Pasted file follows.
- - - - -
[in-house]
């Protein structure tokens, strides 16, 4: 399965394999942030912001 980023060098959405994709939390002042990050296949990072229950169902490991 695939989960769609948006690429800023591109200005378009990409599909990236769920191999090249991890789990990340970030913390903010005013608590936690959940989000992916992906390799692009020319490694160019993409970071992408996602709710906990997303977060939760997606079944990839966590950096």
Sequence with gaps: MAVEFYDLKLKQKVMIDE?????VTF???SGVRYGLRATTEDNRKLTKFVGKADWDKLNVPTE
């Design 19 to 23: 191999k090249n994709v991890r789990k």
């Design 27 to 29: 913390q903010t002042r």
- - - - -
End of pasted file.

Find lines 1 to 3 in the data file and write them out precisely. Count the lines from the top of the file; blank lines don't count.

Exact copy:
[in-house]
């Protein structure tokens, strides 16, 4: 399965394999942030912001 980023060098959405994709939390002042990050296949990072229950169902490991 695939989960769609948006690429800023591109200005378009990409599909990236769920191999090249991890789990990340970030913390903010005013608590936690959940989000992916992906390799692009020319490694160019993409970071992408996602709710906990997303977060939760997606079944990839966590950096």
Sequence with gaps: MAVEFYDLKLKQKVMIDE?????VTF???SGVRYGLRATTEDNRKLTKFVGKADWDKLNVPTE